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Plans for Johnston Road widening could ban left turns from many cross streets
Transportation officials say 'reduced conflict intersections' are designed to improve traffic flow; project still in early design phase
No left turns in Ballantyne? Early plans for widening of Johnston Road would make many intersections right-turn-only
by Cristina Bolling
North Carolina transportation officials are working on plans to widen Johnston Road in south Charlotte from I-485 to the South Carolina state line, and preliminary designs call for six lanes and a series of “reduced conflict intersections” that allow only right turns onto Johnston Road from streets that intersect it.
The proposed changes will no doubt benefit the flow of traffic, but will be a big initial adjustment for the thousands of people who live in neighborhoods or do business off Johnston Road, who will be forced to make right turns and then make U-turns if they need to go in the other direction.
Reduced conflict intersections are designed to simplify traffic flow and reduce accidents by eliminating left turns from side roads onto busy streets. To go left from a side street, drivers first turn right and then pull into a dedicated left lane and make a U-turn. (You can read more about reduced conflict intersections in this NCDOT article.)
Side streets impacted by the new reduced conflict intersections would include Ardrey Kell Road, Lancaster Highway, John J. Delaney Drive and Ballantyne Crossing Avenue. You can see draft maps here:
These draft maps of plans to expand Johnston Road south of I-485 to the South Carolina border show several “reduced conflict intersections.” The plans are in the early draft stages and are still subject to change, according to the N.C. Department of Transportation. (NCDOT)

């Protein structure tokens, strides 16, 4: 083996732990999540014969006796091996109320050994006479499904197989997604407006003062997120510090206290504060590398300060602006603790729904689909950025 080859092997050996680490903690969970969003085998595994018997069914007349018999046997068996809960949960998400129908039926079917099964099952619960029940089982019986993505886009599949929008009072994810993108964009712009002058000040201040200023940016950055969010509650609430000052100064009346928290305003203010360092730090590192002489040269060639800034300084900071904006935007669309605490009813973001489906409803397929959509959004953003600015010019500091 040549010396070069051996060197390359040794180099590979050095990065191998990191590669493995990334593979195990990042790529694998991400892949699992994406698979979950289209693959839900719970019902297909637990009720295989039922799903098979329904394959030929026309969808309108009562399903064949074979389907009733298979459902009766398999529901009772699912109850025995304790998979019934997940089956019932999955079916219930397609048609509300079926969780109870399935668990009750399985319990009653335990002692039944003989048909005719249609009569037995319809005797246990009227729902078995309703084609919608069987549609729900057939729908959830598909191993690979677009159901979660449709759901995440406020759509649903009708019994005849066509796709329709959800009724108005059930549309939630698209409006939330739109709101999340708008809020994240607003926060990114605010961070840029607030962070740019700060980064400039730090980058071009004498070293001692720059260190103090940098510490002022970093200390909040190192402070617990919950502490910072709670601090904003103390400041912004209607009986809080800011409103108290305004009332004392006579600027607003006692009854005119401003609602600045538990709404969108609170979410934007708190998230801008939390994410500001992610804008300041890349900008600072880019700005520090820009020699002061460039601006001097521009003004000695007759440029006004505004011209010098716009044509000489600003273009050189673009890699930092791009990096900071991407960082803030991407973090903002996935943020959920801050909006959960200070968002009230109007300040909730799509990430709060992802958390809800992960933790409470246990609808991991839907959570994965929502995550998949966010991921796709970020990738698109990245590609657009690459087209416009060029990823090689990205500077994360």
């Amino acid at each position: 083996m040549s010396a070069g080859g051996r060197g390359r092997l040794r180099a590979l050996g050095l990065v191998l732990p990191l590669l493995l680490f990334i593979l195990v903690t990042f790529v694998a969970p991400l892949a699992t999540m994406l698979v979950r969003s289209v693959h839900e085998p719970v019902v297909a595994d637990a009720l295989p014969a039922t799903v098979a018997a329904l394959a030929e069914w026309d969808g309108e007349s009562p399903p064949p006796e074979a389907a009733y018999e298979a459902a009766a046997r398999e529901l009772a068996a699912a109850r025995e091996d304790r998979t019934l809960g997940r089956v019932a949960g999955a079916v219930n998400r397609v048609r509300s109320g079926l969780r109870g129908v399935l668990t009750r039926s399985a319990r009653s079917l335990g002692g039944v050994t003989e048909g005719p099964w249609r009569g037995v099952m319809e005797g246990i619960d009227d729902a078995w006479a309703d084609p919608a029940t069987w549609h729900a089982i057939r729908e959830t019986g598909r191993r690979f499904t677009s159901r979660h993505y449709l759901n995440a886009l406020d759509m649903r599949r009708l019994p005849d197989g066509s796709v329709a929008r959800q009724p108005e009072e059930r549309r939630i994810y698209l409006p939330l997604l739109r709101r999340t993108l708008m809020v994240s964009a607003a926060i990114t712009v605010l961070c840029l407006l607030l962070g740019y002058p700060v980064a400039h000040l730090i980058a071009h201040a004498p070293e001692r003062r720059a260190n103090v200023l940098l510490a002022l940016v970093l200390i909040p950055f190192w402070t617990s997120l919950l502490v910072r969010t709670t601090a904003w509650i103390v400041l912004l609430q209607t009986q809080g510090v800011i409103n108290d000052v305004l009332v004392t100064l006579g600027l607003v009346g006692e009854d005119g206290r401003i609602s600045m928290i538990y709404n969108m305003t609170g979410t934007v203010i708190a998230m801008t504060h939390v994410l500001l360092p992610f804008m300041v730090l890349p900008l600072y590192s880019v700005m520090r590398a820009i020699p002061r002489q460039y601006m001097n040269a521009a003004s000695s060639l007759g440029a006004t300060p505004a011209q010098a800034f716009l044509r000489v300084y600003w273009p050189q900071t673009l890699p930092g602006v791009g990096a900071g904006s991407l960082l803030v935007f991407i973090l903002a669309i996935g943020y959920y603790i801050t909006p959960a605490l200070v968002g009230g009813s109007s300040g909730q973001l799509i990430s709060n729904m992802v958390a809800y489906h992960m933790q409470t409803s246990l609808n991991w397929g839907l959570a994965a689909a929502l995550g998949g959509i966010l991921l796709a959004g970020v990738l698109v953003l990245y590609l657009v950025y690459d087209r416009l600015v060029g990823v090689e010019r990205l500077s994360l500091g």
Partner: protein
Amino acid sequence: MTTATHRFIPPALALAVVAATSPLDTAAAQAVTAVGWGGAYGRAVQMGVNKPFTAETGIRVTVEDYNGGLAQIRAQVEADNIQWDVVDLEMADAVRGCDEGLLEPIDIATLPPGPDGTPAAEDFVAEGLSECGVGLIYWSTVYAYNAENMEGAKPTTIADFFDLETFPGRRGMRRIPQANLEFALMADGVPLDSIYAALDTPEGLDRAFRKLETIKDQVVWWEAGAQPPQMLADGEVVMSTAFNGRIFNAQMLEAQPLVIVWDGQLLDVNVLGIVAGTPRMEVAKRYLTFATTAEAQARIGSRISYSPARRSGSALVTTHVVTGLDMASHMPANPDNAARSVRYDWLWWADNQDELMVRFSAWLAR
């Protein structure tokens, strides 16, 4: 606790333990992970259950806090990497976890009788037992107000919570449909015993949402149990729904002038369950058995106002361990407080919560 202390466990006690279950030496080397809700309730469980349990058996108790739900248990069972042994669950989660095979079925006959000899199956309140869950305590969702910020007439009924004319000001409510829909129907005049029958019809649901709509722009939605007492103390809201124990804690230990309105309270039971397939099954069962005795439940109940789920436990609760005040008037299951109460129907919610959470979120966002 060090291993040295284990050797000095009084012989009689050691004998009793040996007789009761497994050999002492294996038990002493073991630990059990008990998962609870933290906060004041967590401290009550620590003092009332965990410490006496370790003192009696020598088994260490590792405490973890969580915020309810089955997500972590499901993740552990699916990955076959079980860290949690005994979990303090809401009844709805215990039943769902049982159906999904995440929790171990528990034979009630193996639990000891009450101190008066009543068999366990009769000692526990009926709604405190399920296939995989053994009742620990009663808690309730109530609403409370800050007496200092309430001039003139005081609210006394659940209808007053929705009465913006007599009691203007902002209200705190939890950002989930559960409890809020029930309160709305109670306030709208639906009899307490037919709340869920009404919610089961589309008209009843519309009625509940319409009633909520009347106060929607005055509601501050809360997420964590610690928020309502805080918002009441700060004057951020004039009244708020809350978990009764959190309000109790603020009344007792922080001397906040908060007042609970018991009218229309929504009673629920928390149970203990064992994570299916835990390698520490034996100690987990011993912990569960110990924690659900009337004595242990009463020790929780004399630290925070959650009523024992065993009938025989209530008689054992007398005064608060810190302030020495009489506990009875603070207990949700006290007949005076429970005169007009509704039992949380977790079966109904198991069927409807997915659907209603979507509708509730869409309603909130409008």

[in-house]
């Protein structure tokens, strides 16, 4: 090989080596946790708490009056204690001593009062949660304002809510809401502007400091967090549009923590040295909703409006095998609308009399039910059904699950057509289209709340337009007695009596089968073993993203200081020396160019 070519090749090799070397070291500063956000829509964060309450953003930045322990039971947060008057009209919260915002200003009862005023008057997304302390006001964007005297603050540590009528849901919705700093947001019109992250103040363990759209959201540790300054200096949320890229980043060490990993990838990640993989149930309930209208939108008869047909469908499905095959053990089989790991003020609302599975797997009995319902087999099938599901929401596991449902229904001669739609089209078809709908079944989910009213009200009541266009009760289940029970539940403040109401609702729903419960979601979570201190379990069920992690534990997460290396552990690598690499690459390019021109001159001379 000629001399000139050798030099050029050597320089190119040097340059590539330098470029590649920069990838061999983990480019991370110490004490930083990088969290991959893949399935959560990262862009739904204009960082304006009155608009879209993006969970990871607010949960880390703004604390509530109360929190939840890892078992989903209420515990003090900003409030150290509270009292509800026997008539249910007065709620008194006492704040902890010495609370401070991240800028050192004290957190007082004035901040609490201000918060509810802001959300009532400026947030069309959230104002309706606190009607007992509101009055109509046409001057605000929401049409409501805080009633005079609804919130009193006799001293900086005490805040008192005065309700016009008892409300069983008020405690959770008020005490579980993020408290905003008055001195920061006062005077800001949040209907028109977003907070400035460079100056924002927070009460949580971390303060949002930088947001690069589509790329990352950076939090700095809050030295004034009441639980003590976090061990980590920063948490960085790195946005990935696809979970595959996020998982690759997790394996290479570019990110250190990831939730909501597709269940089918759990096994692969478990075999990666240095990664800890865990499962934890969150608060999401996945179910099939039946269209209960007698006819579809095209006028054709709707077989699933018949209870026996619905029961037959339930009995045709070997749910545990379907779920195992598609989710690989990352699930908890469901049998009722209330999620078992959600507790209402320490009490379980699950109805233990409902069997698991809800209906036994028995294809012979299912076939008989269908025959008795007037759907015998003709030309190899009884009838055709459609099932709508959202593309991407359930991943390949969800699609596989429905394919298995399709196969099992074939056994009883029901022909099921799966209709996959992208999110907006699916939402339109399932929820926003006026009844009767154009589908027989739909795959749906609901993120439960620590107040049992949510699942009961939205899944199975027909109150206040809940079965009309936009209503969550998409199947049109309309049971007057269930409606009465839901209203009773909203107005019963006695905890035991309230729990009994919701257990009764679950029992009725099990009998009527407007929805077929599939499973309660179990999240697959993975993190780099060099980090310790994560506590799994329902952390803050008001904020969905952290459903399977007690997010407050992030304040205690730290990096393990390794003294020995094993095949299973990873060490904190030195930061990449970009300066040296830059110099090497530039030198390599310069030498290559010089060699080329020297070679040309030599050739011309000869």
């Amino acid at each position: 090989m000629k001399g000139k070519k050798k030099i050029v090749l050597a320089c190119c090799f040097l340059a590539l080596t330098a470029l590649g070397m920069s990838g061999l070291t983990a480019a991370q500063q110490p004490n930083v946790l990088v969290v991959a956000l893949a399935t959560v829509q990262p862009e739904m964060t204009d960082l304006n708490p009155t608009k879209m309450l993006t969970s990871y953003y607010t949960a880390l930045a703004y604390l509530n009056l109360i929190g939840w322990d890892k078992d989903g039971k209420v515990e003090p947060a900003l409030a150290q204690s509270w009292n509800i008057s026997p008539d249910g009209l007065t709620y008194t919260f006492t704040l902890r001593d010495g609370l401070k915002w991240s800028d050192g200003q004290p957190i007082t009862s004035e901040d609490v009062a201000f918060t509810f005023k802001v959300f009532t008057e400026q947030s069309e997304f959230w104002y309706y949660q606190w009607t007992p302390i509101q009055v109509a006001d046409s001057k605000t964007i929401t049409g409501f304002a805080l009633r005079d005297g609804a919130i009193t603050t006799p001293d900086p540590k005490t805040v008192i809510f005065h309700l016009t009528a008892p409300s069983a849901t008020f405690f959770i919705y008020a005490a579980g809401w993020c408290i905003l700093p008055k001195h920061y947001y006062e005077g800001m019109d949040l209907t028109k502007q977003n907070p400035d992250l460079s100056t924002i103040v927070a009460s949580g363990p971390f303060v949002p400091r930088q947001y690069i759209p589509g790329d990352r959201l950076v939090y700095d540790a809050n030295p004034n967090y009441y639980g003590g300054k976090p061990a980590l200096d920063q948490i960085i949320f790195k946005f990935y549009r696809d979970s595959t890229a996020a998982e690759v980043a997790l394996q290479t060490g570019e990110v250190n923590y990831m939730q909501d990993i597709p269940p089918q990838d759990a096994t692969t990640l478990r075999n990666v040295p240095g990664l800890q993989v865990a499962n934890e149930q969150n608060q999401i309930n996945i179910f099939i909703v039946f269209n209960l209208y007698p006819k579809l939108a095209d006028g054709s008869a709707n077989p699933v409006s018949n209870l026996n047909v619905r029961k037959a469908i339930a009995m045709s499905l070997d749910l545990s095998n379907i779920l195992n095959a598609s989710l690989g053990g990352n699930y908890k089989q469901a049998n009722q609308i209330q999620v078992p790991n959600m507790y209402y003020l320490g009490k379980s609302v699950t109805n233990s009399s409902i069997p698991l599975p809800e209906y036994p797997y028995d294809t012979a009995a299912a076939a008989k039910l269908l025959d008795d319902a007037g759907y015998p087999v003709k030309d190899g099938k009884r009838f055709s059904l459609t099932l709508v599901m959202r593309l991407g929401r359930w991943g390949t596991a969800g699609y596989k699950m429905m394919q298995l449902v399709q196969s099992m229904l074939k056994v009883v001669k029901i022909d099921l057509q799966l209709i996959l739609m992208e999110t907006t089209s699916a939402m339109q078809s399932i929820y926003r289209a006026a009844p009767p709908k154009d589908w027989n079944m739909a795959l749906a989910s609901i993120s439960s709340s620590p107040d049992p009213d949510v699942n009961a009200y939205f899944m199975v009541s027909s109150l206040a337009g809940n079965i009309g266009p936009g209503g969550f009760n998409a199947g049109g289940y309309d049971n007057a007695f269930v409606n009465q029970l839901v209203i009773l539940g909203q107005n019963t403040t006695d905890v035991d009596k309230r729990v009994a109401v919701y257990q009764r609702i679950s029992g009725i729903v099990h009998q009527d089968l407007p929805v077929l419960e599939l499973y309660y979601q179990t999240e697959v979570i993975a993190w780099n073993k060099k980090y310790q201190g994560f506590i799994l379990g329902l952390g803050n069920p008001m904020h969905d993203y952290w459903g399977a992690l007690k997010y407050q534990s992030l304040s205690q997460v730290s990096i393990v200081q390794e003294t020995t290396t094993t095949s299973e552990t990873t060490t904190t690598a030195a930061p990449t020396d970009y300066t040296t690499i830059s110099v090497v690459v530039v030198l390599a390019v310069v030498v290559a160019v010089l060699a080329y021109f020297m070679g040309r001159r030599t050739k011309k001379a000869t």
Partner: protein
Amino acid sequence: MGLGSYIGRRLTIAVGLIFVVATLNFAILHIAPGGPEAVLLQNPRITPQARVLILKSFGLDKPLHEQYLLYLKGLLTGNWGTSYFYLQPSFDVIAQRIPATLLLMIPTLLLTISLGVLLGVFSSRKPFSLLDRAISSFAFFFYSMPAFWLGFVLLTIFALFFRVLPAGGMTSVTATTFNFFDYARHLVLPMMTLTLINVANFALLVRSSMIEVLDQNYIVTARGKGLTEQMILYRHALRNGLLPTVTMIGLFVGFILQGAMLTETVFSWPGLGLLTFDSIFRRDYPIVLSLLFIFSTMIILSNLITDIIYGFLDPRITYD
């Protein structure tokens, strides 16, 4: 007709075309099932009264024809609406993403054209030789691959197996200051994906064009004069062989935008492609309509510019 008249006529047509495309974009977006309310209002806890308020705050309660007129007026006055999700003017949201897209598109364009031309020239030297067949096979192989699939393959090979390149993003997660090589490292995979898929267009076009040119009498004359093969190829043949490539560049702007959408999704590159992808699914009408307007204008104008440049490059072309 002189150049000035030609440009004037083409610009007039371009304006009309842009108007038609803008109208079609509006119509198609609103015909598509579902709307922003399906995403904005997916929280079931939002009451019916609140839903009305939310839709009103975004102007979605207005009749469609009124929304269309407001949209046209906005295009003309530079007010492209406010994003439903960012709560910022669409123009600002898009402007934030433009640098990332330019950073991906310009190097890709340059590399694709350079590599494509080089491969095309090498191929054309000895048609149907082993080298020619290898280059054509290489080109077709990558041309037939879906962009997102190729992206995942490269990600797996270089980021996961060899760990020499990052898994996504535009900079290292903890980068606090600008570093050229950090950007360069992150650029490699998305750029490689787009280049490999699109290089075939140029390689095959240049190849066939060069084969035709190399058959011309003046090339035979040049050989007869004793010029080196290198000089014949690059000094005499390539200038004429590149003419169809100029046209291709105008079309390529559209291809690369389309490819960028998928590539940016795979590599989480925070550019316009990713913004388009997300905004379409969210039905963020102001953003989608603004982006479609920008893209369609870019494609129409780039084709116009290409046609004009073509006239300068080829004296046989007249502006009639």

N.C. Department of Transportation spokeswoman Jen Thompson told The Ledger that the department looked at options that included either keeping traditional intersections or using reduced conflict intersections, and “we chose to move forward with this alternative due to the improved traffic operations those alternative intersections would create.”
“Of the available options, this alternative provides the most benefits — improved safety, traffic operations and reduced congestion. As we mentioned before, the project is in early design, so this is not final and subject to change. There will be opportunities for public engagement later this year,” Thompson said in an email to The Ledger.
Thompson said the Board of Transportation will lock in the funding and the schedule for the widening project this May or June. Under the current draft of the State Transportation Improvement Plan, construction on Johnston Road would begin in 2026 and last for about three years. Right-of-way acquisition would happen in the 2024 fiscal year.
NCDOT held public comment sessions last summer and fall on the State Transportation Improvement Plan, Thompson said, and public comment sessions on the proposed plans for Johnston Road (also called U.S. 521) are still to come, possibly in the spring or summer of 2023.
Johnston Road is a tortured corridor that hasn’t kept pace with the booming development in the Ballantyne area and the volume of cars going to and from nearby South Carolina. Let’s put it this way — it’s not unusual during evening rush hour to see this guy holding a sign on a bridge above Johnston Road with a Bible verse warning gridlocked drivers to prepare for the second coming of Jesus:
Editor’s note: This article was updated Tuesday, Jan. 17 with information about plans for public comment sessions for the Johnston Road expansion, and a more thorough explanation from an NCDOT official about the benefits of reduced conflict intersections and plans for public comment.
Related Ledger article:
“Iconic Ballantyne monuments endangered by planned road widening” (Sept. 21, 2022)
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Executive editor: Tony Mecia; Managing editor: Cristina Bolling; Staff writer: Lindsey Banks; Contributing editor: Tim Whitmire, CXN Advisory; Contributing photographer/videographer: Kevin Young, The 5 and 2 Project